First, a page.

Homily – 3rd Sunday Ordinary Time (Fr. Smith)

Long quotes from the Old Testament , like the one which opens today’s Gospel, are not the most exciting passages in the scriptures. They may be important for scholars, but do not engage the common believer. Yet we ignore any passage of scripture at our peril. The Gospels, in particular, are written with great economy and every word is meaningful. This passage is important for understanding Jesus’s intentions and illuminates this week’s special celebration.

John has just been arrested and Jesus took up his message, repeating it word for word: “Repent, for the Kingdom of heaven is at hand”.(Matthew 4:15 /3:2)  He recognized that Jerusalem was too dangerous, so he moved to Capernaum in Galilee, a region well north of the capital. Matthew identifies it however as “Zebulun and Naphtali”. Meaningless to us on first reading but very important. These territories were part of the kingdom of Israel that was destroyed by the Assyrians in the 8th century BC. The skilled workman and the literate were deported to serve elsewhere in their empire. The quote from Isaiah today (Is 8:23-9:1) expresses his hope that a new king will be born in Jerusalem and will reunite all the tribes of Israel and Judea. This did not happen immediately, but it was considered part of the future Messiah’s job description. This dismemberment was the great wound of the Jewish people who yearend to be whole again. By quoting this prophecy Matthew is demonstrating as he will throughout his gospel that Jesus is fulfilling God’s promises, but also that he will first bring the light of the Gospel to the land where it first went out.

What is that light?

It is not personal enlightenment; it is participation in the kingdom. He will slowly reveal what the kingdom means but even at this early stage in the gospel his hearers would have understood that it required recognition of one’s sinfulness with personal commitment to change and that it would mean becoming part of a new people, a new community.

Jesus would need to use new methods to accomplish this. Rabbis did not seek out disciples. They would come to him, follow him for some time and then either be accepted or not. Jesus approached the four fishermen in today’s Gospel and invited them to join him. The good news is too important to be kept quiet or hidden, it bursts out of any confine. Jesus tells these fishermen not that they will be great teachers who will dispense a new and compelling interpretation of the law but that they will be fishers of men.  They will go out into the world as he did and bring others into the family of God. A sign of the kingdom will be the reunification of the people that was torn apart centuries ago in this same land.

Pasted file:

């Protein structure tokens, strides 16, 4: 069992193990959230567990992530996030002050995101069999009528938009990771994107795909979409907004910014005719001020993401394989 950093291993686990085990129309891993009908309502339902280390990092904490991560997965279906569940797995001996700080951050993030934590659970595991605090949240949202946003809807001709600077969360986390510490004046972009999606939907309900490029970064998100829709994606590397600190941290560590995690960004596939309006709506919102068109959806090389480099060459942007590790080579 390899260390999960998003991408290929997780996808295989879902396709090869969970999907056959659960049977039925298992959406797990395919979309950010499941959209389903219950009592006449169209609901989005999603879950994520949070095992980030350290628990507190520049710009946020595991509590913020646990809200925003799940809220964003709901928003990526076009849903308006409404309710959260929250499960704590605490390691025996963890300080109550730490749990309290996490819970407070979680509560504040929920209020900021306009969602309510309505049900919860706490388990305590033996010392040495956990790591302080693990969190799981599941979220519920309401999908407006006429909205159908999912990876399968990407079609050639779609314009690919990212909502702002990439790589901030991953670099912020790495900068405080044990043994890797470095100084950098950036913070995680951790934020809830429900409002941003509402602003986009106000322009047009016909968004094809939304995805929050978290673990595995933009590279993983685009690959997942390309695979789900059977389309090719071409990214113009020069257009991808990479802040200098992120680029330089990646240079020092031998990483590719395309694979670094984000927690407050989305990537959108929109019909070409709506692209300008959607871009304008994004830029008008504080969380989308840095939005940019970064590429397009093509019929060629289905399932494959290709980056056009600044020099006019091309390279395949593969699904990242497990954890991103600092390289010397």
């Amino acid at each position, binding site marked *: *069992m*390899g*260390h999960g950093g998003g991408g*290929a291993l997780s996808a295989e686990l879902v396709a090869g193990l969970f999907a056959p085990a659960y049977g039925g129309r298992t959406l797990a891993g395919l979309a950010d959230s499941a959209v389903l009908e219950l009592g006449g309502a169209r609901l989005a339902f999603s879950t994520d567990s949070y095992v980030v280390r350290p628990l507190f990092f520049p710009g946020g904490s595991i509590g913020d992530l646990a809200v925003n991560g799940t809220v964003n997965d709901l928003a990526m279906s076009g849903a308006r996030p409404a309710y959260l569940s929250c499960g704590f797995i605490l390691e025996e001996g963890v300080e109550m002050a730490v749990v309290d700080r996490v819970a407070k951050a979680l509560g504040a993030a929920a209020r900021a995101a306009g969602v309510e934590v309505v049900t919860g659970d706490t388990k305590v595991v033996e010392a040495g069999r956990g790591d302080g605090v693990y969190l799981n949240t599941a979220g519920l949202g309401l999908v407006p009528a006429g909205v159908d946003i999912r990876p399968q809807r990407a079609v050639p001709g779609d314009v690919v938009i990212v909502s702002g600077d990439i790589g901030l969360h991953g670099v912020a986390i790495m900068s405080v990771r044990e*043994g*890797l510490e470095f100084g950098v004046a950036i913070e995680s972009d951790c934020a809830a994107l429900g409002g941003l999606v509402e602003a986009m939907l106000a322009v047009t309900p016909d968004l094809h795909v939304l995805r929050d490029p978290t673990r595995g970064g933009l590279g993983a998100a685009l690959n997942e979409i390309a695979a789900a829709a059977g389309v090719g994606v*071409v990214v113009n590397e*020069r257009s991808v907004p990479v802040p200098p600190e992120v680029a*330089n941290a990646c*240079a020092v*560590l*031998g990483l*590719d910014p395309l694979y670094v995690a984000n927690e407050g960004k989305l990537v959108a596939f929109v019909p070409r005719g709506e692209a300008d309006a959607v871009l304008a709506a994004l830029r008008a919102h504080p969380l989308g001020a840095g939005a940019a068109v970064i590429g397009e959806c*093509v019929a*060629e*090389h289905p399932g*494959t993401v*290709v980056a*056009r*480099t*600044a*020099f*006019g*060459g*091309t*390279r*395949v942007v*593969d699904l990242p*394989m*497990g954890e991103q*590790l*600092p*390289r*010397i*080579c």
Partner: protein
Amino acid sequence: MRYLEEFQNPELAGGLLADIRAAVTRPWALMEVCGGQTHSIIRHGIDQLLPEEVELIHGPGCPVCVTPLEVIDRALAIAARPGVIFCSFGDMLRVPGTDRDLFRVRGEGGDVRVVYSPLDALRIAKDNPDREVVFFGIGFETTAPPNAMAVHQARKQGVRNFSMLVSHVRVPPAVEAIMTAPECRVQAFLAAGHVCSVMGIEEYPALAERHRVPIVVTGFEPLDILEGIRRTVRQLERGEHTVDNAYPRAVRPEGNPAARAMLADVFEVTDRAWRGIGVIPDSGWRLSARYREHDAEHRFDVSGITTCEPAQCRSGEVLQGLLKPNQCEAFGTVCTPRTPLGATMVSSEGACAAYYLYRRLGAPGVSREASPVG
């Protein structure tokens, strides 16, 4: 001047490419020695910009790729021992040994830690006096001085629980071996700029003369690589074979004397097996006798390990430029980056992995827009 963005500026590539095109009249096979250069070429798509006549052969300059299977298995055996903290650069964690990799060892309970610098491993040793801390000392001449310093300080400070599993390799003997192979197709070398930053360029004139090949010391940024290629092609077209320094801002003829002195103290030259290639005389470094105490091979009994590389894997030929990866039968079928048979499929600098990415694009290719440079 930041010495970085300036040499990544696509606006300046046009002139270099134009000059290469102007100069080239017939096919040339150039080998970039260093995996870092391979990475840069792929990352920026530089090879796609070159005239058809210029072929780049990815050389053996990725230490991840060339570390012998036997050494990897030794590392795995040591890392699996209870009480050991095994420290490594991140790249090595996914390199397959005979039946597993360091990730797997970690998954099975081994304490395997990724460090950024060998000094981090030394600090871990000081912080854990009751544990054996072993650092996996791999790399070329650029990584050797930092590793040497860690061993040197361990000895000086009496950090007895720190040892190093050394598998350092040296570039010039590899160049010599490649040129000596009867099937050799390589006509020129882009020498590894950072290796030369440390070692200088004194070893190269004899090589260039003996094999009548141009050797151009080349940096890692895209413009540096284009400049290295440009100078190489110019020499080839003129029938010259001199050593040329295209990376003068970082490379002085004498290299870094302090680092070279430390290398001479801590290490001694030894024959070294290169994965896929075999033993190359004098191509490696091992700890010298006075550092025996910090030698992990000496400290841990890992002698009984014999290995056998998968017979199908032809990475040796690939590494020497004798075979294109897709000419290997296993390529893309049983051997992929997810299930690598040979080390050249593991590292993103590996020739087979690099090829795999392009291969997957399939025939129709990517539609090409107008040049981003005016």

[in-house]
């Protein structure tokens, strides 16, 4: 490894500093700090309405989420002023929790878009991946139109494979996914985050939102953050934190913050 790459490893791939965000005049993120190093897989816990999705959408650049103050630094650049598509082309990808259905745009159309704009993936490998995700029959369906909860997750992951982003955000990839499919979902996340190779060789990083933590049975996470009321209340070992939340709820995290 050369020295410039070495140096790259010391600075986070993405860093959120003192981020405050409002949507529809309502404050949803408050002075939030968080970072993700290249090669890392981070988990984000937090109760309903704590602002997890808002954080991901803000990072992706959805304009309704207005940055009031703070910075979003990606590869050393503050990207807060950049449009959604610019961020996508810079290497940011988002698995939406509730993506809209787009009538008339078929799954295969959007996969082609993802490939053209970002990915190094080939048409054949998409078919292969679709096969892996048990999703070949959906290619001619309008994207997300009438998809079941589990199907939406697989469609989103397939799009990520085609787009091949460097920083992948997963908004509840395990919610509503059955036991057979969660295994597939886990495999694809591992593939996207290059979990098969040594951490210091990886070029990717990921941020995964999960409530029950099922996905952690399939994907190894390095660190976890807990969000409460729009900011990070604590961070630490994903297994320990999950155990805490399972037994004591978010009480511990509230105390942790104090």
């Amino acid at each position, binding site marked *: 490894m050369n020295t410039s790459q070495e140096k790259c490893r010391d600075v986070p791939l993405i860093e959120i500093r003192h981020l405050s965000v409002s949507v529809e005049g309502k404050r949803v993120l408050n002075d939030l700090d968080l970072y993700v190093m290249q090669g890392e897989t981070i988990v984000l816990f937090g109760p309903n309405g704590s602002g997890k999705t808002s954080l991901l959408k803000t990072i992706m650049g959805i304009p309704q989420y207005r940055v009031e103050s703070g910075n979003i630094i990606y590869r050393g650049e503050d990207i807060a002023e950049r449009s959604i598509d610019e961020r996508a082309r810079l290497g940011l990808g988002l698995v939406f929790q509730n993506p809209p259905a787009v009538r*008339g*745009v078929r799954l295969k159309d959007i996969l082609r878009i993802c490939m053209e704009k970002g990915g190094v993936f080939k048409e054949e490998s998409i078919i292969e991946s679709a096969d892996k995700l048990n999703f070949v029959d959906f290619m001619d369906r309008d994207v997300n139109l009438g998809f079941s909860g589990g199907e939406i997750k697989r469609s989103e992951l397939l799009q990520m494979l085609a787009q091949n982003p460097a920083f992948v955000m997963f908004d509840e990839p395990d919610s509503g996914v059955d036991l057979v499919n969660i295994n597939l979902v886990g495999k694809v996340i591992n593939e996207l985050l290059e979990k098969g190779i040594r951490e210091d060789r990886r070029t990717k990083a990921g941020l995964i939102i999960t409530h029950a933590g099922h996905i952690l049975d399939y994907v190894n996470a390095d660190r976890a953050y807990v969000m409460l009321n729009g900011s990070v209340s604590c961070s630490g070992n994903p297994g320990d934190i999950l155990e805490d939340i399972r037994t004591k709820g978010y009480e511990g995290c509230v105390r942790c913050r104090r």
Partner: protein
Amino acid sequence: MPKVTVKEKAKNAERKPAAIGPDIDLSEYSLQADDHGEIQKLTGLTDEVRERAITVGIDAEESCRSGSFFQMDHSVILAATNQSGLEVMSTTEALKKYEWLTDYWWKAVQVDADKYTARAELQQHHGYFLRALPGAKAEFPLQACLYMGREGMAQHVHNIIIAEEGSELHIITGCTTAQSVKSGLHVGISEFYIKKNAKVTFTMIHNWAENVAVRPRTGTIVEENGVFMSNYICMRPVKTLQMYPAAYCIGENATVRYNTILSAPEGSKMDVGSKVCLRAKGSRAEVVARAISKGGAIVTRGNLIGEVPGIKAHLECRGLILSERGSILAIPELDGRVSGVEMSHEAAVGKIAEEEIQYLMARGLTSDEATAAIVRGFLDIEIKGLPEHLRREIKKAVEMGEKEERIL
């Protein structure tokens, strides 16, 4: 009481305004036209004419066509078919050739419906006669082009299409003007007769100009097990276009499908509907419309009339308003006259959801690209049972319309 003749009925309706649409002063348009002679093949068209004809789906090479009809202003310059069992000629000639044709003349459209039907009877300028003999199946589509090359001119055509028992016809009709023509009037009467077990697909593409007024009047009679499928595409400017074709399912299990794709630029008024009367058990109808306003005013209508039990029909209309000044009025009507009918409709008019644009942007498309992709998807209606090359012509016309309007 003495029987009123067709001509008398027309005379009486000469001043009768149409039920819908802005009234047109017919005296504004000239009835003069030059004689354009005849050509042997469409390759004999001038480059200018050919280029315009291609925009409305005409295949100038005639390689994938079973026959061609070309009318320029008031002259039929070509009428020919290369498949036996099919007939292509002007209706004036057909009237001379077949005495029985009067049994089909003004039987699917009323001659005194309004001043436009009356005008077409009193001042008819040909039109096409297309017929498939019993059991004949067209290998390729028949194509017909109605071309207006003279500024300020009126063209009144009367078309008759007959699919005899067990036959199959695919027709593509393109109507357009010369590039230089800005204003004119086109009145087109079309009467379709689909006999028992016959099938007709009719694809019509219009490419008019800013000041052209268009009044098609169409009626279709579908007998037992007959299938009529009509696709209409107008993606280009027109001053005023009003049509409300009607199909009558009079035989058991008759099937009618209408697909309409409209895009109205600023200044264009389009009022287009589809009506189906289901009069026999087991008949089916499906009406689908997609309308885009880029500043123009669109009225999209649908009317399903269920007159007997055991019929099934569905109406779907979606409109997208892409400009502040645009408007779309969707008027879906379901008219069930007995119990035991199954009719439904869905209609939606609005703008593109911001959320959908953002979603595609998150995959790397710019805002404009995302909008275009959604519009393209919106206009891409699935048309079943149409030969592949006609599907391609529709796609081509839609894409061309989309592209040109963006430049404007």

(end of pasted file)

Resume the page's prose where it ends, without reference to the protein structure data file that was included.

This means leaving all behind. The call of James and John is particularly affecting, they literally left both their livelihood and their family. “and immediately they left their boat and their father and followed him” (Mt 4:22)

As an itinerant preacher, Jesus would have been expected to travel from place to place to obtain funding and more disciples. But He is compelled by more than this. The light that he brings must be spread and it will be shown not only by his teachings but by his miracles. He preached the Gospel of the Kingdom and cured every disease and illness among the people. His original mission was to “the lost sheep of the house of Israel” (Mt 15:24) but we must remember that the gospel ends with the great command to make disciples of all nations, baptizing them in the name of the Father, and of the Son, and of the Holy Spirit, (Mt 28:19).

Today is Sunday of the Word of God. This is one of the initiatives of Pope Francis like the World Day of Prayer for the Poor”.  But note how it is celebrated. We are not asked to attend a Diocesan workshop or a parish seminar on the Bible. Although I will note that our parish bible study begins again today, the focus of this celebration is the Sunday Mass. This is the time when the local community, the parish, comes together to worship. It is when we are most Jesus’ family and most fully the sign that the divisions that began in Zebulun and Naphtali are being healed.

Our gospel reading today fits well but I think the story of the disciples on the road to Emmaus would be even better. It is the first Easter, two of Jesus’ disciples are leaving Jerusalem and meet a stranger on the way. They do not know that it is Jesus and only do so when he offers the eucharist with them. When he left, they said to each other: “Were not our hearts burning (within us) while he spoke to us on the way and opened the scriptures to us?” (Lk 24:32)

We experience the scriptures as the word of God and not just an important book when it sets our hearts on fire and not just informs or even inspires us. This fire impels us to others. The eyes of the disciples were opened only when they celebrated the eucharist with Jesus. The Eucharist is where our covenant with God and our fellow humans is forged and strengthened. In it we most truly know Jesus not just about him. After the Eucharist, Jesus disappeared from their sight and the disciples returned to Jerusalem to share their joy with the Apostles in the upper room. The impulse is always to build community.

A true encounter with the word of God will be fulfilled in the Eucharist, witness and charity. The Mass always begins with the Liturgy of the Word when the scriptures are proclaimed to the community, but it ends with injunction to go, love and serve those who sit in darkness, whether in the mean streets of the poor or the gilded enclaves of the rich. Wherever they are through our burning hearts they will experience the light of Christ.